Using a contact center vendor presents an opportunity for EEOC to partner with a private or public contractor which specializes in multi-channel contact center operations and customer service. The goal is to improve service quality and expand access to the public. Contact center vendors benefit from the ability to use economies of scale, retain a customer focus, and leverage its knowledge of appropriate technology such as automatic call distribution (ACD), computer telephony integration and staffing issues. EEOC would, however, own all data and records generated and it would benefit from the vendor's investment in state-of-the-art contact center technology. In addition, the multi-channel aspect means EEOC could easily expand contact center services in the future to include electronic mail, postal mail, and facsimile services, as the demand grows.


The investment in a national contact center would reap multiple benefits including the ability to have telephones answered immediately by live bodies on a nation-wide basis, rapid and accurate routing of potential charge inquiries to the appropriate field office for processing, the ability to spot trends and emerging issues to inform policy development, and the ability to fully meet the e-government expectations of the President's Management Agenda. Establishment of a national contact center would allow the agency to consolidate the twelve different national toll-free lines and to eliminate the publications center -- a contract currently costing $100,000 per year. In addition, the EEOC would save on telephone costs and staff time related to returning thousands of calls from the public currently being left as messages on auto attendant, voice mail, and manual message systems. A final benefit accrues when the agency realizes the return on investment of having its professional staff fully deployed in investigative and outreach activities, rather than answering the phones.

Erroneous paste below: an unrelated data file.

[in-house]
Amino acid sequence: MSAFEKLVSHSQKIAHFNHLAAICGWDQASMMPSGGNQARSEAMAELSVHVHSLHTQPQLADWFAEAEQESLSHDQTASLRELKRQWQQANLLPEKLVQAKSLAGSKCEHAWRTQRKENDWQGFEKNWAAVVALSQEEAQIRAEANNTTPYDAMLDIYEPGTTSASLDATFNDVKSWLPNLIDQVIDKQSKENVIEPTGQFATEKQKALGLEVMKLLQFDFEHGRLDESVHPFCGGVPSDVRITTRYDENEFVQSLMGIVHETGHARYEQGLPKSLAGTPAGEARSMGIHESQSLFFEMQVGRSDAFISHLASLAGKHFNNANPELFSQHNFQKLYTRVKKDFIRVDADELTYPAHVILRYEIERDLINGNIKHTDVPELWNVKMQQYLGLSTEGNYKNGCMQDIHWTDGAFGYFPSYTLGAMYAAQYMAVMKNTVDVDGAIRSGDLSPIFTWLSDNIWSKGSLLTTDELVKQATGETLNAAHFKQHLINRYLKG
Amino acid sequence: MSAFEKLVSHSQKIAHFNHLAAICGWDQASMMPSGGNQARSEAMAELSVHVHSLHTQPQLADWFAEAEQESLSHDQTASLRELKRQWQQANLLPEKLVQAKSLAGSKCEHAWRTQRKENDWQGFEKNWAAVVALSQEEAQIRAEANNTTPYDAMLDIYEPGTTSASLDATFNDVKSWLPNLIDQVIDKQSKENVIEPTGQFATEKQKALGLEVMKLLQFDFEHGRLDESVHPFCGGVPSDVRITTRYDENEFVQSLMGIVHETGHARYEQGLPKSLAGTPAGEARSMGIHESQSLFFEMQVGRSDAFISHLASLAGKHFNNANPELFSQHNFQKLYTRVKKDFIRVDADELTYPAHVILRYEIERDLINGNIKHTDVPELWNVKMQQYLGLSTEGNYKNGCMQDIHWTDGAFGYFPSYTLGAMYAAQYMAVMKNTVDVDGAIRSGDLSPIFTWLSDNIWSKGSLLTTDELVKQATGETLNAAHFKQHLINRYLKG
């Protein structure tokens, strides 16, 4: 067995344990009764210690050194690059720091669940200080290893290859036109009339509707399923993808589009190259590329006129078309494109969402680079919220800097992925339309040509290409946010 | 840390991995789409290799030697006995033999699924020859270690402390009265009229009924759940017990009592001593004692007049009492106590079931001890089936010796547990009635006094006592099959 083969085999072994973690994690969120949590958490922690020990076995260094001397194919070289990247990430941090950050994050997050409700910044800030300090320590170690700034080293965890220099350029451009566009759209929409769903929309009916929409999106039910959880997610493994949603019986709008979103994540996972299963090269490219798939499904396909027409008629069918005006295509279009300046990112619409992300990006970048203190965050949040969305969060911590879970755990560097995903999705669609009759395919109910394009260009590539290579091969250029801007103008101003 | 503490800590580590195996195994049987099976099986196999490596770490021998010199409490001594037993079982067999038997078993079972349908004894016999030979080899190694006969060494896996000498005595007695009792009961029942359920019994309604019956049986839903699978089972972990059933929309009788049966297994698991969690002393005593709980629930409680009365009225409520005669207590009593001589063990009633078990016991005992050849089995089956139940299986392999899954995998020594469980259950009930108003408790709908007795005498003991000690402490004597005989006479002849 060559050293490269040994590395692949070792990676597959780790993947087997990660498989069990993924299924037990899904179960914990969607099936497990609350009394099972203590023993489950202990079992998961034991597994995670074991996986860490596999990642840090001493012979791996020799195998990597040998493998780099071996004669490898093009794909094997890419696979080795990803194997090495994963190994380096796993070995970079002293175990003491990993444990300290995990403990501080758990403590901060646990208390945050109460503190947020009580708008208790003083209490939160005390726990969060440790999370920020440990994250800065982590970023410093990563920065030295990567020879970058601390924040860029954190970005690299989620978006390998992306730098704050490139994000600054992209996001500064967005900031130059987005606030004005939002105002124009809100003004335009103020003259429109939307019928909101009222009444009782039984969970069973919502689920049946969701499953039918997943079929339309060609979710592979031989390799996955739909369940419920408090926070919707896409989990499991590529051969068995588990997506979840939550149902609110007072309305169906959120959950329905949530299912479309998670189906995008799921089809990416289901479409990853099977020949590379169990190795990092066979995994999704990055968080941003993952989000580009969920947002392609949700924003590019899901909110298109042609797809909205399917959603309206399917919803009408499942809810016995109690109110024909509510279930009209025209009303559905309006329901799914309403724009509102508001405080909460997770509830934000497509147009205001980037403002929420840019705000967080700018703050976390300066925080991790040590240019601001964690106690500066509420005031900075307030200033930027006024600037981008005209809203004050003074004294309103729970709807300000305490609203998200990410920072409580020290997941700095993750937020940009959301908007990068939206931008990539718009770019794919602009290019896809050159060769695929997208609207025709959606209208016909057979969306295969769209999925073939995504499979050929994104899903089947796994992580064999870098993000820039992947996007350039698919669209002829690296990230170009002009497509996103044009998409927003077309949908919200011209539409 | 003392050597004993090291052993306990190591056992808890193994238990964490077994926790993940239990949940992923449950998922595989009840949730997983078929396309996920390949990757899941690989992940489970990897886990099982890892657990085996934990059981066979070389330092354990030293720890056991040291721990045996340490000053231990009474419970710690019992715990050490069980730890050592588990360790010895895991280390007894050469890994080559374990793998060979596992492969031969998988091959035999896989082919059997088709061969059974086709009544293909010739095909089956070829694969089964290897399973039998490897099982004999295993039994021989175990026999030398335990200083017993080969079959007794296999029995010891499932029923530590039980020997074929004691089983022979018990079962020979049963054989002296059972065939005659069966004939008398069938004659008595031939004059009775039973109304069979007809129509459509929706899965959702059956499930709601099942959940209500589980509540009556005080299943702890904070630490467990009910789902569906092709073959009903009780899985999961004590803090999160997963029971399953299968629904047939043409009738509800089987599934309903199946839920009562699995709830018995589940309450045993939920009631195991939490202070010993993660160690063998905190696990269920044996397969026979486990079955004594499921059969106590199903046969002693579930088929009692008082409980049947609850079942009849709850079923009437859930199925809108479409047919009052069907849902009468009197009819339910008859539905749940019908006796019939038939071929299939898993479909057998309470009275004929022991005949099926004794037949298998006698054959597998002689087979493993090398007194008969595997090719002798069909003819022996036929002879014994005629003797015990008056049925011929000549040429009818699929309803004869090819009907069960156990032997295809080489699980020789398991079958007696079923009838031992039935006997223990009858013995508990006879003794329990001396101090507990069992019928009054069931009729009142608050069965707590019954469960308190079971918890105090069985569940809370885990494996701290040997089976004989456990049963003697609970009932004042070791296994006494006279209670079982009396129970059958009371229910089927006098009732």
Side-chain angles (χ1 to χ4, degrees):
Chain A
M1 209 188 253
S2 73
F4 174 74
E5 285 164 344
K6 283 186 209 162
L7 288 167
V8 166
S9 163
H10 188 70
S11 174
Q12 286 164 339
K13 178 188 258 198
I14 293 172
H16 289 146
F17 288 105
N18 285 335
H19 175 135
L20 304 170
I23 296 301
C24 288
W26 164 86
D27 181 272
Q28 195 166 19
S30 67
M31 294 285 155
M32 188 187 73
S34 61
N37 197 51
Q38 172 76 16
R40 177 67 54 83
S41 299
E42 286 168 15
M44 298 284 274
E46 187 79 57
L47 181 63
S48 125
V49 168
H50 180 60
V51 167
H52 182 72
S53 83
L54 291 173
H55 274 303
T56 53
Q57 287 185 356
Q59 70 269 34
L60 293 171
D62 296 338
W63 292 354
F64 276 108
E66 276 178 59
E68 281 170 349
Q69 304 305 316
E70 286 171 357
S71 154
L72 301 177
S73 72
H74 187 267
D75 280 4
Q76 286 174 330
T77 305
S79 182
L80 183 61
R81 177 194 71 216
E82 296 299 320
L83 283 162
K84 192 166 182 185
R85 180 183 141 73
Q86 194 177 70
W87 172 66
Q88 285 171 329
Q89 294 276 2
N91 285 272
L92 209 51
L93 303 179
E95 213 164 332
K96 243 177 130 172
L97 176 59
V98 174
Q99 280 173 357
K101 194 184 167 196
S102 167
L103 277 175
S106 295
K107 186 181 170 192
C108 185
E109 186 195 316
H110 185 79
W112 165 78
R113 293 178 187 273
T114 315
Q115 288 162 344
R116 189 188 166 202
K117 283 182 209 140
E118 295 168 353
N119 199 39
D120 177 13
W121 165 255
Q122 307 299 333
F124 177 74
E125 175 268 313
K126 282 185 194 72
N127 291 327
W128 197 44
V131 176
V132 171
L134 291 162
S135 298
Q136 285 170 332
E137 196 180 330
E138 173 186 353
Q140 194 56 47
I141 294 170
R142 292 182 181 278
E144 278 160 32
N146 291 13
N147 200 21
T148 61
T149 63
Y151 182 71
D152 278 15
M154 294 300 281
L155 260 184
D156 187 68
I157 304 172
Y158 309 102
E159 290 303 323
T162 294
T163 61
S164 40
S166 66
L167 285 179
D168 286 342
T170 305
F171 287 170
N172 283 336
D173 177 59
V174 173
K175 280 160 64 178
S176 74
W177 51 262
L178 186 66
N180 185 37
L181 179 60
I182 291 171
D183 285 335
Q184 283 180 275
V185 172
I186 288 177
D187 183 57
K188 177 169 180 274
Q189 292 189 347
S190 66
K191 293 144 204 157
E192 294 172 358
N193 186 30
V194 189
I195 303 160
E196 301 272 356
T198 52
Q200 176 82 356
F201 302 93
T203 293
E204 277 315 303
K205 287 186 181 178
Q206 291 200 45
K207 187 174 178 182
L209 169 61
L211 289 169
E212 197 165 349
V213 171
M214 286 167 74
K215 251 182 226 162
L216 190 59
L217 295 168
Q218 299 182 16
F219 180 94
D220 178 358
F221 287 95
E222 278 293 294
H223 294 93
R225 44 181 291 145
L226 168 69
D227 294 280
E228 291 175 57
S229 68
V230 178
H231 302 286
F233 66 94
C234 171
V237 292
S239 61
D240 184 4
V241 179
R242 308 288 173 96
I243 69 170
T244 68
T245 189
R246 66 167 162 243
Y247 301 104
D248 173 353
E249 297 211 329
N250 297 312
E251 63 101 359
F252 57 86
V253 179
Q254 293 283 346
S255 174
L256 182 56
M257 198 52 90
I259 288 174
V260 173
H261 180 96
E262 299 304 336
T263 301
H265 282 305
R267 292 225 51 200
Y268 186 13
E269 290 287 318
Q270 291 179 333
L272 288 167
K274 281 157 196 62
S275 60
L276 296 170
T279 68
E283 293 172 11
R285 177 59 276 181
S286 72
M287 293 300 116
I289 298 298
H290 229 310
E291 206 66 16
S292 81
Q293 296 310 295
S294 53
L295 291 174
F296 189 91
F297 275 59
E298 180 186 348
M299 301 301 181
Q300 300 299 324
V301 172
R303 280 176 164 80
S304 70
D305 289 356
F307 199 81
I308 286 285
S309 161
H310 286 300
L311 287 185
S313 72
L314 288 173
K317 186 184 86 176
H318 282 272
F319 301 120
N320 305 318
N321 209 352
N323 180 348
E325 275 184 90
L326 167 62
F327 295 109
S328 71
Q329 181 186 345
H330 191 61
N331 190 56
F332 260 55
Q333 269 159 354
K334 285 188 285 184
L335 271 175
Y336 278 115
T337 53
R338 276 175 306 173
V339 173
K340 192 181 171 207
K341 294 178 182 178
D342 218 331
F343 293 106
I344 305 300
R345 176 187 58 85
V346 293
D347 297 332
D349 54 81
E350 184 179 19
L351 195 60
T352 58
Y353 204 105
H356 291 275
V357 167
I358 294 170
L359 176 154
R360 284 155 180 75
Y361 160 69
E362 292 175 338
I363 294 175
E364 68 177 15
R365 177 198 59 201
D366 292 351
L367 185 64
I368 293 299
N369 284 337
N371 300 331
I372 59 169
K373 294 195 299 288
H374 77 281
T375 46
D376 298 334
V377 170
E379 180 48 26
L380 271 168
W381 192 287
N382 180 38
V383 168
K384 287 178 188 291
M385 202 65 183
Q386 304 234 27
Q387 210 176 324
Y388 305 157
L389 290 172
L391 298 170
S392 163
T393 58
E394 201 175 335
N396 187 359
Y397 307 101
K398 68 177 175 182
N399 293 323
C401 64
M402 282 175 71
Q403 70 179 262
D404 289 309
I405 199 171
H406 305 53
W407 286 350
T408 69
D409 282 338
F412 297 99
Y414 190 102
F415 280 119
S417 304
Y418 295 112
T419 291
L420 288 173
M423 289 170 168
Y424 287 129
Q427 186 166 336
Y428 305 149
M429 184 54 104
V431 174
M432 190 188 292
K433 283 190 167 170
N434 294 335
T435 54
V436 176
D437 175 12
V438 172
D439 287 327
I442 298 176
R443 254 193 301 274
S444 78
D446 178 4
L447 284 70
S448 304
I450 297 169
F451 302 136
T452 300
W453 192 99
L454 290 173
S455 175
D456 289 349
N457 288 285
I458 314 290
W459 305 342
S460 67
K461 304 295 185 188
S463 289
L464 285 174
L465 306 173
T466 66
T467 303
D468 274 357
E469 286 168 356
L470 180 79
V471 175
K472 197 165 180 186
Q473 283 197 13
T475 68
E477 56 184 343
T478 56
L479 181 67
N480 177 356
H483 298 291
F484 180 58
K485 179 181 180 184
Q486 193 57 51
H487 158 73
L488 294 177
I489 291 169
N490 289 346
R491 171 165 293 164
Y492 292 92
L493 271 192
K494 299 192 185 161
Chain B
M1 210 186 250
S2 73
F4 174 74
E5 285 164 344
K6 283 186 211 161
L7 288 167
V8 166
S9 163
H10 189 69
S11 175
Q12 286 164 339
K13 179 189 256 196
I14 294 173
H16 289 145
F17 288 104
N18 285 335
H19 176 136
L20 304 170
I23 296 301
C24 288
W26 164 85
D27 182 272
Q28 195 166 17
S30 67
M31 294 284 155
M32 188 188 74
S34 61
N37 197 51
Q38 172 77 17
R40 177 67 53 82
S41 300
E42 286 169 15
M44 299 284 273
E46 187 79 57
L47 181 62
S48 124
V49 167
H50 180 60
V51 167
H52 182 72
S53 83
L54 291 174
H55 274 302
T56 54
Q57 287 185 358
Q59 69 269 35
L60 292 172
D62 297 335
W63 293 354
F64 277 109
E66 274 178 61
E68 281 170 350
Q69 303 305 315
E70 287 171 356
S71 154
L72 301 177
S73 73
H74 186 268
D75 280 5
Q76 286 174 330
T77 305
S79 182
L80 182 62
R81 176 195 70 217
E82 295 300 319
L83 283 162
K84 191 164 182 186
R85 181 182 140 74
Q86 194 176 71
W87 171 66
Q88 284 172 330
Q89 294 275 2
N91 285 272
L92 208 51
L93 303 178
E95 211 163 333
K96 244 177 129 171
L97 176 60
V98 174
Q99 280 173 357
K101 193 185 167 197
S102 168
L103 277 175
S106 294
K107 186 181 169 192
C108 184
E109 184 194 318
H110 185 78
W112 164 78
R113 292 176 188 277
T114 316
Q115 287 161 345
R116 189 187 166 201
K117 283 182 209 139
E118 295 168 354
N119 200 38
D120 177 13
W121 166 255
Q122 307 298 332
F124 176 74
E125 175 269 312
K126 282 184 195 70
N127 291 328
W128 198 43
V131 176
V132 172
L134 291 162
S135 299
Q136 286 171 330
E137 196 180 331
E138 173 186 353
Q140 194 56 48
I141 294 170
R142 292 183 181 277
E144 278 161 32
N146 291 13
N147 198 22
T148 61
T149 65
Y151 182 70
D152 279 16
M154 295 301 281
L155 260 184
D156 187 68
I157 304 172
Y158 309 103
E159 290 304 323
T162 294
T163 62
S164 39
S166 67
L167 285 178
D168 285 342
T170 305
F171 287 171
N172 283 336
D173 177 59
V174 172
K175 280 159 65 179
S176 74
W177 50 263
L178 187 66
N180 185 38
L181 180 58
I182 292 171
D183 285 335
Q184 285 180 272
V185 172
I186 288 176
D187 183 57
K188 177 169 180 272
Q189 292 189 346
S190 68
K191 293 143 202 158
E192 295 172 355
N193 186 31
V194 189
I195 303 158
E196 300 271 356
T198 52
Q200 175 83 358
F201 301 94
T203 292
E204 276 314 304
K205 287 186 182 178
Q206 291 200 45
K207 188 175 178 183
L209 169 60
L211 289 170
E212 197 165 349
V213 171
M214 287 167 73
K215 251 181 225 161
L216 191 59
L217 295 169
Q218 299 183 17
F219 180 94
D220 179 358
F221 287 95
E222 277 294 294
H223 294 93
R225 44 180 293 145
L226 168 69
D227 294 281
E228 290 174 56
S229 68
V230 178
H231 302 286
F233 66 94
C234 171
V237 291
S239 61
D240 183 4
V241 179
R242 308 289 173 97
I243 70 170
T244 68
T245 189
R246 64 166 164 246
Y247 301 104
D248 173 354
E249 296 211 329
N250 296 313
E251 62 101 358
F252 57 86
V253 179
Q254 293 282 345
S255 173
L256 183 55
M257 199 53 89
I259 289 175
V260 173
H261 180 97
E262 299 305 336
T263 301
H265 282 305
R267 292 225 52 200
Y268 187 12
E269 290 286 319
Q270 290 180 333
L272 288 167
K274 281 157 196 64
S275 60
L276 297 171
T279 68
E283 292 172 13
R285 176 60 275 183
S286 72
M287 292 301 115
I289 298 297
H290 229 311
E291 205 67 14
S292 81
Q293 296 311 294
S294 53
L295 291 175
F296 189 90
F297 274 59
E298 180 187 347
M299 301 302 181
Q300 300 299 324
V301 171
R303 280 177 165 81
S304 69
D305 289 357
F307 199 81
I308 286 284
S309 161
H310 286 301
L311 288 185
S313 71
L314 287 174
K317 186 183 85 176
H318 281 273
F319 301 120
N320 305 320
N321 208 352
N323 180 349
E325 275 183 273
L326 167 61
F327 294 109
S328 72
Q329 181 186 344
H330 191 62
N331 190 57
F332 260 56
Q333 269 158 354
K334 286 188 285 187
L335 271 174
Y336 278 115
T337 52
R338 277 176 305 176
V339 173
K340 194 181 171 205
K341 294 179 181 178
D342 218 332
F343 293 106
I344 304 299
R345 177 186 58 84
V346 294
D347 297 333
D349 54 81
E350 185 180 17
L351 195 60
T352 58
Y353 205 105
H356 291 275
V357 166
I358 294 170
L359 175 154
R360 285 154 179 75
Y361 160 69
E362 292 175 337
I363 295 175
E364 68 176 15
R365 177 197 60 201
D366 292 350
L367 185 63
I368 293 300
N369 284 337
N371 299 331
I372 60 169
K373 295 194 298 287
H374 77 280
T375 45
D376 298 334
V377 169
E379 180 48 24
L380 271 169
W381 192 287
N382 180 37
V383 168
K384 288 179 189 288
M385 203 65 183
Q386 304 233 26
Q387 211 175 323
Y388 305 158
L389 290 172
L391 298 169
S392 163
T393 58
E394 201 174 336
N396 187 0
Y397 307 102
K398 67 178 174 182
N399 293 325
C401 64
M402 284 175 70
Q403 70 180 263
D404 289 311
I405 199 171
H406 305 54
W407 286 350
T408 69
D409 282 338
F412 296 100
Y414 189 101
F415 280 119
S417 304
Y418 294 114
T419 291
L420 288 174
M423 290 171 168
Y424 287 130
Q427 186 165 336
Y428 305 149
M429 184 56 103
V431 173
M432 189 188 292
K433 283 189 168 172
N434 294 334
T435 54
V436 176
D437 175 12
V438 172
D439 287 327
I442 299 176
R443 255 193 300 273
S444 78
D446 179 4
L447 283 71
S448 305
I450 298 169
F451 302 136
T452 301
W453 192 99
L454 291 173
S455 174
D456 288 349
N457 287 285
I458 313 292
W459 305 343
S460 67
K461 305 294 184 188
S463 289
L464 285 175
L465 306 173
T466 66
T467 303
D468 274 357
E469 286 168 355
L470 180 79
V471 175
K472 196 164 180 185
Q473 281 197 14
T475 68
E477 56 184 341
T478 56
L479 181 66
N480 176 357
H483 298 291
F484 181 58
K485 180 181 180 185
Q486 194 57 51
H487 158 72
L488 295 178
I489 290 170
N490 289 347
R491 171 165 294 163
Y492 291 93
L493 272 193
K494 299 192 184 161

Challenges for Implementing a National Contact Center

The EEOC is currently undertaking a four-year restructuring process. It is acknowledged that the agency's creation of a national contact center to consolidate its customer service efforts is a change that has not been fully embraced by all of the agency's staff. While responses from at least half of the district offices reflected cautious support for a contact center, a number of districts reported no concerns or requested additional staff and/or upgraded telephone equipment to handle individual district inquiries.

Some staff have expressed fears that establishing a national contact center would lead to loss of jobs and a skyrocketing of charge receipts. This fear is typical in organizations contemplating moving to outsourced contact centers to improve service quality and efficiency. In one agency where a contact center was introduced, there were no jobs lost, in fact, the agency workload increased. Because of the inadequacies of the old processes and telecommunications equipment, the agency found it had been losing six calls for every call taken. Therefore, it is possible EEOC charge receipts may rise with the implementation of a national contact center. Should receipts go up, more staff would be needed rather than fewer. Starting up as a pilot phase, however, would enable quality assurance procedures to be put in place to monitor the impact on workload and allow the agency to better forecast staffing needs.

On the other hand, other agency staff expressed concern that potentially meritorious charges would be screened out due to the inexperience of contact center staff and that duplicate contacts to field offices and the contact center would occur. In fact, contact center staff would be fully trained in scripts and keyword prompts, the content of which would be provided by EEOC experts, prior to going live answering calls. Training of contact center staff is intensive and normally agents are able to "go live" after three to four weeks of training. Contact center staff would be regularly monitored by quality assurance staff and EEOC liaisons to ensure adequacy and accuracy of responses. A performance-based contract will ensure the vendor meets or exceeds desired service levels.

Conclusions and Recommendations

Based on the overall results of this study the work group makes the following conclusions and recommendations.